Agonal breathing is a final attempt by the body to survive imminent death. It is a type of final frenzied gasping for air that can be observed in someone who is dying or has recently died. Agonal breathing has also been called death rattle or terminal breath, and it can be a frightening experience for those witnessing it.
This phenomenon typically occurs when an individual’s oxygen supply is depleted and their blood begins to fail to carry adequate amounts of oxygen to their vital organs. The lack of oxygen in the body triggers an emergency response by the person’s central nervous system. To try and restore balance to the body, this response triggers an instinctive gasp for air from the dying person.
If you have ever observed anyone close to death during this final moment, you will know how terrifying it can be because they make eerie gurgling noises as they struggle for their last few breaths on earth. Let’s take a look at the facts about agonal breathing and what you should do if you witness it in someone else.
What is agonal breathing?
Agonal breathing is a type of breathing that occurs in someone who is dying or has recently died. As death is imminent and breathing has begun to slow down, you may hear gurgling sounds in the throat or forcefully see the chest heave as the person tries to take in one last breath of air.
Agonal breathing often occurs in the last moments of life, and it can be a frightening experience for those who are with the person who is experiencing it. Agonal breathing is a sign that death is imminent, and it is also associated with certain medical conditions such as heart attack or stroke.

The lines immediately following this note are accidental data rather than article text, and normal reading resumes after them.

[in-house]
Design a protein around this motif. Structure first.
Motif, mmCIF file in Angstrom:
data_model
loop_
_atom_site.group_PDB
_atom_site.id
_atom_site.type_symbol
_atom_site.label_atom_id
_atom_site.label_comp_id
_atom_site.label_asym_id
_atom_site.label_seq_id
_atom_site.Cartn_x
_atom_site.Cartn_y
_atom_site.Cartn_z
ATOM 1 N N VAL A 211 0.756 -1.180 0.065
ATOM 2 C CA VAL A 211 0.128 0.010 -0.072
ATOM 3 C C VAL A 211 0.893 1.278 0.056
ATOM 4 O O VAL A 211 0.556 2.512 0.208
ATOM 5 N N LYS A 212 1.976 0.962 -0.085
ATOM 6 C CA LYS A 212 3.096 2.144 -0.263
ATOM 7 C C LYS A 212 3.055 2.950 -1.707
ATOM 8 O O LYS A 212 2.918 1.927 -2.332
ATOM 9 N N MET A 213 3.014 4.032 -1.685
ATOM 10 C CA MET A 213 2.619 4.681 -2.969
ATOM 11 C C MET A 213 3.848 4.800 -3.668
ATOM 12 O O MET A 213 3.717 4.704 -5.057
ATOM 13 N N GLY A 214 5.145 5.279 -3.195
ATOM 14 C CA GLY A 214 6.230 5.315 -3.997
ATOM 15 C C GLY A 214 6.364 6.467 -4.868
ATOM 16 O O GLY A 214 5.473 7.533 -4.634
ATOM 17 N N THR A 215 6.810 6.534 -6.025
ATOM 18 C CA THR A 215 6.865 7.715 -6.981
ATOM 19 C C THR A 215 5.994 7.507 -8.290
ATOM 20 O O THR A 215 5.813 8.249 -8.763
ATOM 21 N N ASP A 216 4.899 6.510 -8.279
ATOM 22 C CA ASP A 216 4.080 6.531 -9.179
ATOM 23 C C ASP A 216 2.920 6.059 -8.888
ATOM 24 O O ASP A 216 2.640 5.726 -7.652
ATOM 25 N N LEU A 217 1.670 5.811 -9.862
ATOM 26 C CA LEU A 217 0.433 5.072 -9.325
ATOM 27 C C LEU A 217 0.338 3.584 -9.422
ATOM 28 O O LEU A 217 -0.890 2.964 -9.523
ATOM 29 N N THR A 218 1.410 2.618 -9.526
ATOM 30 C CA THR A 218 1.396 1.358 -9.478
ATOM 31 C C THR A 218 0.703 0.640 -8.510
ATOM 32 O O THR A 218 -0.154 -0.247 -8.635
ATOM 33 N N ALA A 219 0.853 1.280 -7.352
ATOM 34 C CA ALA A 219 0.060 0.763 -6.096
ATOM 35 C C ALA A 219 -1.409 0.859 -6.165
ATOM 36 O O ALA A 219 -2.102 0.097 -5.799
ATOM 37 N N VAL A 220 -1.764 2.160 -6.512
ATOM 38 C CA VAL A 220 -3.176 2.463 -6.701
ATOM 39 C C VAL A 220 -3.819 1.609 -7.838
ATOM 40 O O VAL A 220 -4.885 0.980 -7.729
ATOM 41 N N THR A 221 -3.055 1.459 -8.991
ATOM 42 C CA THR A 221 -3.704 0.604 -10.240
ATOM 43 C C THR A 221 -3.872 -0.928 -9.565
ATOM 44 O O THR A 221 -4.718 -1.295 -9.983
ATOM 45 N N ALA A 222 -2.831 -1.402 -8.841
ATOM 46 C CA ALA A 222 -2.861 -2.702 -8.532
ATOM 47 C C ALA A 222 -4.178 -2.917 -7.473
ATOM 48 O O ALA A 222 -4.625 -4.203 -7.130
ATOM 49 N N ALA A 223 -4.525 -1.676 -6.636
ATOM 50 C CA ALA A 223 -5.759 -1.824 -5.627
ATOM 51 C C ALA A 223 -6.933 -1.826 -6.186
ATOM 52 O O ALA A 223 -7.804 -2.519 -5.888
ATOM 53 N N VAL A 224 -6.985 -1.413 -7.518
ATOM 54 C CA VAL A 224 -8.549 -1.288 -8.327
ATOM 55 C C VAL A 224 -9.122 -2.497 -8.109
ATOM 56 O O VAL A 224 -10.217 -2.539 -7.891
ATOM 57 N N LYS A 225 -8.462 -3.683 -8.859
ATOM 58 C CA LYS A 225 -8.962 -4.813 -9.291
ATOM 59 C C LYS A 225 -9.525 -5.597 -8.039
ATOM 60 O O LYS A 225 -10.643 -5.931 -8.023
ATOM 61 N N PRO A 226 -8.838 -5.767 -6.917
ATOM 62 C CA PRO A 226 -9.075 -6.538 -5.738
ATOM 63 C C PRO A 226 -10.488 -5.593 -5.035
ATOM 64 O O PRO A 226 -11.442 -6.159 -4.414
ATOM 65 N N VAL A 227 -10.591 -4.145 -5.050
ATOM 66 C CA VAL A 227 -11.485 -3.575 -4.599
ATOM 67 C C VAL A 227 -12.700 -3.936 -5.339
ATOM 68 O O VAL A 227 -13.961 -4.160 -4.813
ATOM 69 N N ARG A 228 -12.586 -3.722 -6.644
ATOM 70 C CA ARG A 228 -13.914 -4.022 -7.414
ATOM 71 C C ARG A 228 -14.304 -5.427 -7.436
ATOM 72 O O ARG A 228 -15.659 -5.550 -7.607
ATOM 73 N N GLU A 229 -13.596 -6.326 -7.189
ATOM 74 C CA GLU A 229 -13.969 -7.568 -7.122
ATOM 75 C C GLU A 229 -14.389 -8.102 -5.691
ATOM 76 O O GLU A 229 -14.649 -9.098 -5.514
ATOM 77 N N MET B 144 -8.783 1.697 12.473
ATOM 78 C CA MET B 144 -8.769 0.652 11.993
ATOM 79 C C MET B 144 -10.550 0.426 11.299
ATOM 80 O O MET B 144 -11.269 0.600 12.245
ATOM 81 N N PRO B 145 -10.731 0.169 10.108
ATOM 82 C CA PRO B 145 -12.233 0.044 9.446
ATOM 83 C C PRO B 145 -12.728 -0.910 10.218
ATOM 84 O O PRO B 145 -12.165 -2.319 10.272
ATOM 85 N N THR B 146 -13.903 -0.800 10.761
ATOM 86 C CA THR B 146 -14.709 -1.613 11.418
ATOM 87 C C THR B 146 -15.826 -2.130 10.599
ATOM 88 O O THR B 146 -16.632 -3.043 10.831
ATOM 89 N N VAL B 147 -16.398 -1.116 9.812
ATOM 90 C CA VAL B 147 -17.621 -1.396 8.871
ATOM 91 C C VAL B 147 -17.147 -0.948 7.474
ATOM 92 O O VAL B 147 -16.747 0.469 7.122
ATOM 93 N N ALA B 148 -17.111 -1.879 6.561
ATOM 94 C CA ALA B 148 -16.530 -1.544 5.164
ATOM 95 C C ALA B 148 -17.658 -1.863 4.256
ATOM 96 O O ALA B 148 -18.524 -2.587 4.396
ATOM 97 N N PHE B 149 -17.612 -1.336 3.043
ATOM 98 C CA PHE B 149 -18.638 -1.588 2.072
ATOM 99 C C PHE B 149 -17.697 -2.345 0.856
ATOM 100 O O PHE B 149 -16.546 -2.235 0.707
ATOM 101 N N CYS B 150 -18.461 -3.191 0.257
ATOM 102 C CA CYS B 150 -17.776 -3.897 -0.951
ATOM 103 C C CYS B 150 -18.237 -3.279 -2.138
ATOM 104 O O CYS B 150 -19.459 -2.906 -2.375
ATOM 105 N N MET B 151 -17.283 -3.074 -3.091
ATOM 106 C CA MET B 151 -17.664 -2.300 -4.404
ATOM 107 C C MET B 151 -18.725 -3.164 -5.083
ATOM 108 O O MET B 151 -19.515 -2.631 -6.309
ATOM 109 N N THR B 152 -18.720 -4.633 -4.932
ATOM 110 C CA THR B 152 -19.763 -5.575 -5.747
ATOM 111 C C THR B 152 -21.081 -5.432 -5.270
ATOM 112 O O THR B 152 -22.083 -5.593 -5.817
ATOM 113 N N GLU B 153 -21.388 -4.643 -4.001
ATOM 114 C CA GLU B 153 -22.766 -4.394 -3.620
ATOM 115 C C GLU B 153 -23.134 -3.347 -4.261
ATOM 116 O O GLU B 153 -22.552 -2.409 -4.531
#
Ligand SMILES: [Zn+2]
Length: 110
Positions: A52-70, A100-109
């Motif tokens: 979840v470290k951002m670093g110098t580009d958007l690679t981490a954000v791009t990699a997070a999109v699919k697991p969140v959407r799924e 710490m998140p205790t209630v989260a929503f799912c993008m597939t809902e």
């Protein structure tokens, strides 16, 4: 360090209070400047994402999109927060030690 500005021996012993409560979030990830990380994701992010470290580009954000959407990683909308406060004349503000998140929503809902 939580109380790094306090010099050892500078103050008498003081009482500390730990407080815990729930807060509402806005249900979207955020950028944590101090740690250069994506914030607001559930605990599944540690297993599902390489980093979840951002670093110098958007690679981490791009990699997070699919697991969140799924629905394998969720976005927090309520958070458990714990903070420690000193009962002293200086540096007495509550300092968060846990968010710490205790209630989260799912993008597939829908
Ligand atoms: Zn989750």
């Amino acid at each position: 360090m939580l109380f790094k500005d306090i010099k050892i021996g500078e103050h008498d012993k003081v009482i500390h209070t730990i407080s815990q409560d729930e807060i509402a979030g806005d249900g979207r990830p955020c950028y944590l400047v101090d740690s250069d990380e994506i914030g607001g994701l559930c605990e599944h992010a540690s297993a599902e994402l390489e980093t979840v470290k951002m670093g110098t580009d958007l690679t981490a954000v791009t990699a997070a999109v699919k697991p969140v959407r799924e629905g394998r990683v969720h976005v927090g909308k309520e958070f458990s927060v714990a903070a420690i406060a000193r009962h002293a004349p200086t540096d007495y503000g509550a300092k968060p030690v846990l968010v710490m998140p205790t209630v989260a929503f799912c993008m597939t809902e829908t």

What is the cause of agonal breathing?
As the levels of oxygen in the blood decrease, the body begins to stimulate the muscles used in breathing. This is an automatic response by the nervous system, and it occurs without the person being conscious of it.
Agonal breathing occurs when the body is experiencing a lack of sufficient oxygen. This can be due to several causes, including inadequate breathing, a breathing obstruction, or a problem in the blood flow, such as a buildup of fluid around the lungs due to heart failure.
- Inadequate breathing: If a person is not breathing enough on their own, the body will automatically try to assist the person by increasing the frequency of the breaths. When the person is close to death and can no longer breathe on their own, the body automatically triggers agonal respirations.
- Airway obstruction: If a person attempts to breathe but something is obstructing the airway, the body automatically triggers an agonal breathing response.
- The problem in the blood flow: If the blood flow is insufficient to oxygenate the vital organs, the body automatically triggers an agonal breathing response.